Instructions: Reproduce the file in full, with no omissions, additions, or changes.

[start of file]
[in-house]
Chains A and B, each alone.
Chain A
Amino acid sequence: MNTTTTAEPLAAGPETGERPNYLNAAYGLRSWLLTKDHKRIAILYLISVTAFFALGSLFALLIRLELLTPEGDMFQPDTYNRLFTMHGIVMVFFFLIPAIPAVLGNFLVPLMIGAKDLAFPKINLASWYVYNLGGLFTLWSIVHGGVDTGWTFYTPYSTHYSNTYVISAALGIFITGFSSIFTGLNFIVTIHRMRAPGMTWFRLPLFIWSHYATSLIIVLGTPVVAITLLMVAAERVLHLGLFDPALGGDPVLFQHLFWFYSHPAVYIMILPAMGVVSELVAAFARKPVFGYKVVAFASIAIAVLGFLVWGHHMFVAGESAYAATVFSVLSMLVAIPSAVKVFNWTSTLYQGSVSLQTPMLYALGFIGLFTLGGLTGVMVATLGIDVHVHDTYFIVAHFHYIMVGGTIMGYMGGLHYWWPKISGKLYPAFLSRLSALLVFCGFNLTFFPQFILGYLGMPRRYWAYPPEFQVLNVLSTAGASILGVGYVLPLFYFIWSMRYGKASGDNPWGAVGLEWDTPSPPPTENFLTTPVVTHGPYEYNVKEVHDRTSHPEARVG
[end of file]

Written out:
[in-house]
Chains A and B, each alone.
Chain A
Amino acid sequence: MNTTTTAEPLAAGPETGERPNYLNAAYGLRSWLLTKDHKRIAILYLISVTAFFALGSLFALLIRLELLTPEGDMFQPDTYNRLFTMHGIVMVFFFLIPAIPAVLGNFLVPLMIGAKDLAFPKINLASWYVYNLGGLFTLWSIVHGGVDTGWTFYTPYSTHYSNTYVISAALGIFITGFSSIFTGLNFIVTIHRMRAPGMTWFRLPLFIWSHYATSLIIVLGTPVVAITLLMVAAERVLHLGLFDPALGGDPVLFQHLFWFYSHPAVYIMILPAMGVVSELVAAFARKPVFGYKVVAFASIAIAVLGFLVWGHHMFVAGESAYAATVFSVLSMLVAIPSAVKVFNWTSTLYQGSVSLQTPMLYALGFIGLFTLGGLTGVMVATLGIDVHVHDTYFIVAHFHYIMVGGTIMGYMGGLHYWWPKISGKLYPAFLSRLSALLVFCGFNLTFFPQFILGYLGMPRRYWAYPPEFQVLNVLSTAGASILGVGYVLPLFYFIWSMRYGKASGDNPWGAVGLEWDTPSPPPTENFLTTPVVTHGPYEYNVKEVHDRTSHPEARVG